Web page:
ENVT 200 03

A good life for all

“A good life for all within the planet’s means”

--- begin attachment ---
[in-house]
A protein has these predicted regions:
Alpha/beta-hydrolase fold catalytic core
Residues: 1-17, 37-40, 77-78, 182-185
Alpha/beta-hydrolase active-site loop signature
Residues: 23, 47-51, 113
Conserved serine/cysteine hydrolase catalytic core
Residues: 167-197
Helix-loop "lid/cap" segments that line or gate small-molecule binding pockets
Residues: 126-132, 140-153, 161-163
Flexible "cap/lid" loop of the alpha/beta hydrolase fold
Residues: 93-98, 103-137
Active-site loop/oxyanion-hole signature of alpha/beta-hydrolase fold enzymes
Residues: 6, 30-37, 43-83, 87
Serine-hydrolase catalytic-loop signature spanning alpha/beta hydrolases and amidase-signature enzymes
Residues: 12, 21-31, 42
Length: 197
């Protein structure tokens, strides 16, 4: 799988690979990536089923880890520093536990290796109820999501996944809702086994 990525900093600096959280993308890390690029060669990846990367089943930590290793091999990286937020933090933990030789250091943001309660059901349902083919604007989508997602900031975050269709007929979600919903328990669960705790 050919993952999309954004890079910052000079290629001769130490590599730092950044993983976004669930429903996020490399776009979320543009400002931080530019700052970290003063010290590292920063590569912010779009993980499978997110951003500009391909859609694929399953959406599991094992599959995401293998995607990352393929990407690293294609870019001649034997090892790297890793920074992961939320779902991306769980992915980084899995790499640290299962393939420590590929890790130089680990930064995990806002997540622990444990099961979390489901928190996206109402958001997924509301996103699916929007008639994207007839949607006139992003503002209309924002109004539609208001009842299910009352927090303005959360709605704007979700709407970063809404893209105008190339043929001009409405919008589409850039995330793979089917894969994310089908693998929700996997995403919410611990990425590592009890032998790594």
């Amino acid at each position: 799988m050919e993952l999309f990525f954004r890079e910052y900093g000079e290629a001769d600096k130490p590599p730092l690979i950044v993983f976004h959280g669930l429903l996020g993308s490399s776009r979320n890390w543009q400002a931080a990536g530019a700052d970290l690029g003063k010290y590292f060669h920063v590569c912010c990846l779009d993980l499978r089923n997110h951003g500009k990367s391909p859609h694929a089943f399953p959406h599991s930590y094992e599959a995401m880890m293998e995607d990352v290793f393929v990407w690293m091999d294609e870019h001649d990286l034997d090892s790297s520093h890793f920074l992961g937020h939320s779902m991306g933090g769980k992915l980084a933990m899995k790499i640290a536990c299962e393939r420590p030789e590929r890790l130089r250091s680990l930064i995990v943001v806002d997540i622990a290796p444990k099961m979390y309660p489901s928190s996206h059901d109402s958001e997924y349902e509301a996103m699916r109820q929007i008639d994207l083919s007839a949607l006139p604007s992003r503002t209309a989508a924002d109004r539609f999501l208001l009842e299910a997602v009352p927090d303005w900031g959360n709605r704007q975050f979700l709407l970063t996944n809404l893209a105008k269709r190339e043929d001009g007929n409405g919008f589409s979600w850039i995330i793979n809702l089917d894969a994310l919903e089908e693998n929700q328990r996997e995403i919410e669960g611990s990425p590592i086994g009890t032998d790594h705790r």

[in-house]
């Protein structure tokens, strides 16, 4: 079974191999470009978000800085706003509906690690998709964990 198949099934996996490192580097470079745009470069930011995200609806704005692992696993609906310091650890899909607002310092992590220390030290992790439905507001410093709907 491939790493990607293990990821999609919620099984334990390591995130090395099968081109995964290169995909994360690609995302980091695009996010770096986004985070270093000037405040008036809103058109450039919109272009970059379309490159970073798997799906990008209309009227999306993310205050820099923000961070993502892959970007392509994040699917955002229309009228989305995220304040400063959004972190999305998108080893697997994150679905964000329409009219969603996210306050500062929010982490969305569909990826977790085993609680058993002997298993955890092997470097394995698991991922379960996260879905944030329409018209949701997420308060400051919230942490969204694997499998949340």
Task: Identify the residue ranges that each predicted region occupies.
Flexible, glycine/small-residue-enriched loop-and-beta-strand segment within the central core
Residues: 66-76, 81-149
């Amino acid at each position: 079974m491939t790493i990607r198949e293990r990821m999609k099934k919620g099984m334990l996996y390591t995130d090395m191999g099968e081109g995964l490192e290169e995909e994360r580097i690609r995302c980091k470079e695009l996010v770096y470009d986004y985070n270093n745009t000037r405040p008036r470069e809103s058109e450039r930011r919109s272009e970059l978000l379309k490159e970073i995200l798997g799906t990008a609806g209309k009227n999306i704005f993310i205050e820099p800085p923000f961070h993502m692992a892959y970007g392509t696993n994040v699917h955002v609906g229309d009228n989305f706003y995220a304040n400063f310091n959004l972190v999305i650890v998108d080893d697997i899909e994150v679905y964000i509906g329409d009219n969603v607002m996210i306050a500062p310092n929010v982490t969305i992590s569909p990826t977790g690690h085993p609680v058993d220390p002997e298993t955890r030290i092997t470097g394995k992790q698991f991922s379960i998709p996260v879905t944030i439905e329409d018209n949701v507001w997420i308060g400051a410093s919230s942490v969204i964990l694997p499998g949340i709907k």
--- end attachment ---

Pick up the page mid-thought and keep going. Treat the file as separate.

This article from ScienceDaily discusses a recent study conducted at the University of Leeds. The study found that, as of now, no country in the world is able to meet the needs of its citizens at a level of resource use that is sustainable. Dr. Daniel O’Neill, the lead expert at the Sustainability Research Institute of the University of Leeds, states that everything people do on a day-to-day basis consumes the earth’s resources in one way or another. The study built on information collected by the Stockholm Resilience Center, which recognized nine environmental processes that regulate the planet. These included climate change, change in land use and fresh water use. “Planetary boundaries,” were also created by the Center, which, if exceeded consistently, could dramatically and irreparably alter the natural world. O’Neill also stated that the study, using seven planetary boundaries and eleven social objectives, found that, although they are currently failing to do so, all the world’s countries could meet the “basic needs” of its people without consuming resources at an unmaintainable rate. However, O’Neill’s study also investigated the attainment of social goals that “go beyond basic subsistence,” and found that self-improvement and accomplishment required two to six times more resource consumption than is sustainable. One of O’Neill’s co-authors, Dr. Andrew Fanning, also indicated that the attainment of social goals, such as those set by the United Nations, may even undermine attempts to protect and conserve the natural environment. These undermining goals include those which aspire to increase economic growth and improve levels of human well-being. Highlighting the concept of undermining, co-author Dr. William Lamb points out that first-world countries like the US meet the basic needs of its citizens and provide opportunities for the accomplishment of social goals, but in doing so, consume massive amounts of resources. On the other hand, developing nations such as Sri Lanka utilize resources at a sustainable rate, but fail to meet the criteria for human well-being. The article concludes with a quote from another co-author, Dr. Julia Steinberger, who says that for all people to have their basic needs met without exceeding the earth’s resource limitations, that both our physical infrastructure and the way in which we consume the planet’s provisioning services must be changed at a fundamental level. I think that the approach this study took is the best choice if we as a species are really going to change our perception of our place in nature. In “Untangling the Environmentalist’s Paradox,” Raudsepp-Hearne et al. discuss environmental issues and their relationship to human well-being, but overall the focus of the article is still the importance of improving well-being globally. On the other hand, the University of Leeds study investigates both issues simultaneously. O’Neill and his colleagues discuss the same paradox highlighted by Raudsepp-Hearne et al. but go more in depth when examining the undermining effects of achieving social goals on goals of environmental protection and conservation. Unfortunately though, neither article proposes solutions to this paradox, they only emphasize the need for a complete overhaul of our consumerist society to establish a system that meets human needs and allows for the attainment of social goals without degrading and depleting the earth.

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